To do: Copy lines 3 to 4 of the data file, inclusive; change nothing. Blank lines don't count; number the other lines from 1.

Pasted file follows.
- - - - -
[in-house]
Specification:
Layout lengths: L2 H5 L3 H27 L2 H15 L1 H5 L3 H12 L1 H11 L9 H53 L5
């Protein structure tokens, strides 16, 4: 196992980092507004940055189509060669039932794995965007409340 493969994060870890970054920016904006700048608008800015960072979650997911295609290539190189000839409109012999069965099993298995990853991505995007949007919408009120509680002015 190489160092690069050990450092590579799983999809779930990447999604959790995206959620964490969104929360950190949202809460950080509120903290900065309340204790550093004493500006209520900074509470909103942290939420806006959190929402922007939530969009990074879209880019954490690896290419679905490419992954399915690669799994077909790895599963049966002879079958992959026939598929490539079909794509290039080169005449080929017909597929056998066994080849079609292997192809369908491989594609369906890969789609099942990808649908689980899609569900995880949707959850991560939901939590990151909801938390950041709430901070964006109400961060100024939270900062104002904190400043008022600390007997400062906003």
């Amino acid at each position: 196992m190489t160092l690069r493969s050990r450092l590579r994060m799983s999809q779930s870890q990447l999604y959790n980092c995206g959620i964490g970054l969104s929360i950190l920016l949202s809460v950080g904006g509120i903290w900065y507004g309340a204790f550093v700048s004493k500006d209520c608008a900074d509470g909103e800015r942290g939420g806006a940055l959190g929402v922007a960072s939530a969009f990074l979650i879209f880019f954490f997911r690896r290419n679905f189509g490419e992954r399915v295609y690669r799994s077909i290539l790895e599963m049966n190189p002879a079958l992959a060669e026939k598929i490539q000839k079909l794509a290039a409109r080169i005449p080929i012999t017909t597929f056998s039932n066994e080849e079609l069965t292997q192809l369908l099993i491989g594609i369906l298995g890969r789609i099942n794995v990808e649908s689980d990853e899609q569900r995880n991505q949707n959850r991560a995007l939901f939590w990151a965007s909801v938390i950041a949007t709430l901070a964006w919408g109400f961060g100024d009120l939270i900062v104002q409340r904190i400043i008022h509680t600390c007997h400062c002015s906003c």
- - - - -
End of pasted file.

Layout lengths: L2 H5 L3 H27 L2 H15 L1 H5 L3 H12 L1 H11 L9 H53 L5
């Protein structure tokens, strides 16, 4: 196992980092507004940055189509060669039932794995965007409340 493969994060870890970054920016904006700048608008800015960072979650997911295609290539190189000839409109012999069965099993298995990853991505995007949007919408009120509680002015 190489160092690069050990450092590579799983999809779930990447999604959790995206959620964490969104929360950190949202809460950080509120903290900065309340204790550093004493500006209520900074509470909103942290939420806006959190929402922007939530969009990074879209880019954490690896290419679905490419992954399915690669799994077909790895599963049966002879079958992959026939598929490539079909794509290039080169005449080929017909597929056998066994080849079609292997192809369908491989594609369906890969789609099942990808649908689980899609569900995880949707959850991560939901939590990151909801938390950041709430901070964006109400961060100024939270900062104002904190400043008022600390007997400062906003």